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      Sean: yes! in fact the mural on the shop talks about this being from from Singapore. 😀

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      • February 22, 2012 at 8:12 am
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        ehh… are the flat noodles Q? this is the mark of a good mee pok ;D

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        • February 22, 2012 at 9:34 am
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          Tony: yes it is! 😀

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    • February 21, 2012 at 4:27 pm
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      Choi Yen: haha yah, very sinful

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  • February 21, 2012 at 6:34 pm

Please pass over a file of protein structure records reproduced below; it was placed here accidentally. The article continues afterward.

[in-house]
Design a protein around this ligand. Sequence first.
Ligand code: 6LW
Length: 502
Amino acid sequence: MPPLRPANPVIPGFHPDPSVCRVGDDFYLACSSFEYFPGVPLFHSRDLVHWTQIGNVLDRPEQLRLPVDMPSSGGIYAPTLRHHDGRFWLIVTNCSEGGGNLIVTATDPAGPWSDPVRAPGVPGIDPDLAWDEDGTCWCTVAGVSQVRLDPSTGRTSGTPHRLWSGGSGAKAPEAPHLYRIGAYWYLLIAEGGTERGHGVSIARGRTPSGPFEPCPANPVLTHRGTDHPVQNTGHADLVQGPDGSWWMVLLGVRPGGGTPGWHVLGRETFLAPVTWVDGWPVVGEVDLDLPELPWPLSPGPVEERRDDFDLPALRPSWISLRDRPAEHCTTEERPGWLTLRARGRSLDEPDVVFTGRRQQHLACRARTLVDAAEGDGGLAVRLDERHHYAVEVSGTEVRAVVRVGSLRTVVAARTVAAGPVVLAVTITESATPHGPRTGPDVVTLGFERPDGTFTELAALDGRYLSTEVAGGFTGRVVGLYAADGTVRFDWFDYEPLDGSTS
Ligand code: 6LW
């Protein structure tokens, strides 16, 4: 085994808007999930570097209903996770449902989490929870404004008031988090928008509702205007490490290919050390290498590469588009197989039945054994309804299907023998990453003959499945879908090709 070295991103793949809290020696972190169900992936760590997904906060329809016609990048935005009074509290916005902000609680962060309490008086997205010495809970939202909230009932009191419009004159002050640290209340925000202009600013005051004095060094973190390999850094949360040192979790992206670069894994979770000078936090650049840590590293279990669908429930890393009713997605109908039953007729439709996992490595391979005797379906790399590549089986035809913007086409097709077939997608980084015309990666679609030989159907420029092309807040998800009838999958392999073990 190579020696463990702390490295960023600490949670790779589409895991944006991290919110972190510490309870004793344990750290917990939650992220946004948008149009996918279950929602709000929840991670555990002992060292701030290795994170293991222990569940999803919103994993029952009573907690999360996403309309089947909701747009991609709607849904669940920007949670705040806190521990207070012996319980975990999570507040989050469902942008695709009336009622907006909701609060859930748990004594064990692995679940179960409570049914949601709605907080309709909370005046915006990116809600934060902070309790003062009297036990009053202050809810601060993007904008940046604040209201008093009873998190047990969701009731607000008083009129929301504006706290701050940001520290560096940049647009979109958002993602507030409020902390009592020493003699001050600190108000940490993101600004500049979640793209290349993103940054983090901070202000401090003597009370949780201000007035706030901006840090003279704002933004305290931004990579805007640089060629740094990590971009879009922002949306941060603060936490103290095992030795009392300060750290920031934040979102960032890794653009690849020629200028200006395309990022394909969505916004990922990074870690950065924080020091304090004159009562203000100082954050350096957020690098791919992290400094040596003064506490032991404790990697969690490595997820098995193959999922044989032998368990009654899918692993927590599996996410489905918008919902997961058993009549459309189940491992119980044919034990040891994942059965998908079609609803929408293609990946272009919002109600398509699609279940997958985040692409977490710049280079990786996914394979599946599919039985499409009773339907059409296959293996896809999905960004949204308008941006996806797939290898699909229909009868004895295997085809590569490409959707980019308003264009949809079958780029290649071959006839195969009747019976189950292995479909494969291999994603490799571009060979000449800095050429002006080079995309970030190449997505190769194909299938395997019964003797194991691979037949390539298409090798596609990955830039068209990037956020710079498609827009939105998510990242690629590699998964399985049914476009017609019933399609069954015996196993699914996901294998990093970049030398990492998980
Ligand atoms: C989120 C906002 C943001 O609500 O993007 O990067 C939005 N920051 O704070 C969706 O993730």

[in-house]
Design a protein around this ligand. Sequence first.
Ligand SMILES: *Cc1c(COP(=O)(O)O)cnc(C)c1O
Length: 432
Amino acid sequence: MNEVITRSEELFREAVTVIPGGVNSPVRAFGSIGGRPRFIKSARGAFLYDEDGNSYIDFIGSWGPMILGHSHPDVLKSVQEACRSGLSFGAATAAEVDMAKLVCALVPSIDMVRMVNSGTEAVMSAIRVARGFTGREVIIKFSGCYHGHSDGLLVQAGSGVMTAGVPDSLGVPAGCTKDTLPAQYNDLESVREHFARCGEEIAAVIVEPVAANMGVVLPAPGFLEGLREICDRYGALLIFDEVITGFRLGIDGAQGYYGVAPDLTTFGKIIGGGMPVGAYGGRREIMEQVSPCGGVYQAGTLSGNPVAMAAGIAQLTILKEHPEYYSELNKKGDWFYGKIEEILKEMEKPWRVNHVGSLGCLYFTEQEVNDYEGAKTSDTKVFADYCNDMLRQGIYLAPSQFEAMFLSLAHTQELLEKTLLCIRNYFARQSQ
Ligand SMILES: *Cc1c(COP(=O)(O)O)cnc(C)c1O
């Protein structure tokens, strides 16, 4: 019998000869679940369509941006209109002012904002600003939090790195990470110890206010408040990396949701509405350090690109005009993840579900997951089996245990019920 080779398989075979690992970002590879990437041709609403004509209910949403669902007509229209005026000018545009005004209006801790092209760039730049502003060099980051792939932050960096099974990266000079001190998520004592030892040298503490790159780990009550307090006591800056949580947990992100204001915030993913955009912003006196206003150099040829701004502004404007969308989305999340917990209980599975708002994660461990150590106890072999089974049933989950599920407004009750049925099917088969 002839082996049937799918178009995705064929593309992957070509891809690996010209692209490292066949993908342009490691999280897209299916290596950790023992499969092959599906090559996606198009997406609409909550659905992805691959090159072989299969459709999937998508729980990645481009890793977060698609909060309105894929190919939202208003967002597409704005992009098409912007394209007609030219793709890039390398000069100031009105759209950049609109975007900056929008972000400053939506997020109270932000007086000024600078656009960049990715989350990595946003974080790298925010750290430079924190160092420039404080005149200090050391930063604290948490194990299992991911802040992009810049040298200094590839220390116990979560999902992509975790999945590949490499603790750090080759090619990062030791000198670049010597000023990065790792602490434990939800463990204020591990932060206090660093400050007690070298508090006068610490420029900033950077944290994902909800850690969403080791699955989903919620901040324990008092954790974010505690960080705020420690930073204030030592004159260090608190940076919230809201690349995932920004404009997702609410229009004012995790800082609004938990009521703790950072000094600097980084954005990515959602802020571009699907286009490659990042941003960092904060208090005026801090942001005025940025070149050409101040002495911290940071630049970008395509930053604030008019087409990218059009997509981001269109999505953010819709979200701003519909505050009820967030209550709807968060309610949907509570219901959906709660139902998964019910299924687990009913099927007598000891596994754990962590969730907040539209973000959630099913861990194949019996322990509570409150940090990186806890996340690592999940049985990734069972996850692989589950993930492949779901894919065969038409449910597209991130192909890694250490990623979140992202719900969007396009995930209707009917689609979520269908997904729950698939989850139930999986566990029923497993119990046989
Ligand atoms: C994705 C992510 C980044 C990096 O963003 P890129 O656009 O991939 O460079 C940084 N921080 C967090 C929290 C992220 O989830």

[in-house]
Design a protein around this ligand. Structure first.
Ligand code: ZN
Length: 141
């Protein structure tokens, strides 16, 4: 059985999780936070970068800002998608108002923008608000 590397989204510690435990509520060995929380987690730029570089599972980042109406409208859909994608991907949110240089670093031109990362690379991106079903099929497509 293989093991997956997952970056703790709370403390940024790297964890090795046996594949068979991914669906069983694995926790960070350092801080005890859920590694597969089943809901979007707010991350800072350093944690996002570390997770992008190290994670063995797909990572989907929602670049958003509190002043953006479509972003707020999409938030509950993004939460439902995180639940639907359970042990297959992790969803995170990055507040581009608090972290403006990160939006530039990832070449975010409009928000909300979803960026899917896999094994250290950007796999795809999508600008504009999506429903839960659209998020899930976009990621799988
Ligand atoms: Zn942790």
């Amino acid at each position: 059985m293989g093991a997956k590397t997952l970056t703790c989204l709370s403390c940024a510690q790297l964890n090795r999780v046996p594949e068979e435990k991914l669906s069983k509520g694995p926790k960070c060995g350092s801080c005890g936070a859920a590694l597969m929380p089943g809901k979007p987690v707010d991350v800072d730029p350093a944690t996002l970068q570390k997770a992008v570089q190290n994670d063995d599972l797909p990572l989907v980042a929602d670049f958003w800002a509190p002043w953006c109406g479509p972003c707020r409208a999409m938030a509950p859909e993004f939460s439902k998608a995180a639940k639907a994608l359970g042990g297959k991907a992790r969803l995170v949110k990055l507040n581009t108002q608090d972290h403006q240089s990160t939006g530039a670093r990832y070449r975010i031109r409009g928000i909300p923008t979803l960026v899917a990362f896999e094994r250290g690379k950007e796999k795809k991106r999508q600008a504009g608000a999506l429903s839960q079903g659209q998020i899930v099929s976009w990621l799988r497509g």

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    I don’t like lard. 🙁

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    • February 22, 2012 at 7:35 am
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      Michelle: embrace it!

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  • February 22, 2012 at 12:26 am
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    Damn this mee pok thing looks awesome!

    We have something like this in Kuching but it doesn’t contain pork lard, just the minced pork.

    Mee pok usually refers to the noodles e.g. it’s supposed to mean “flat noodles” (over here).

    This looks much better.

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    • February 22, 2012 at 7:35 am
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      Huai Bin: haha try it then tell us! 😀

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  • February 22, 2012 at 12:53 am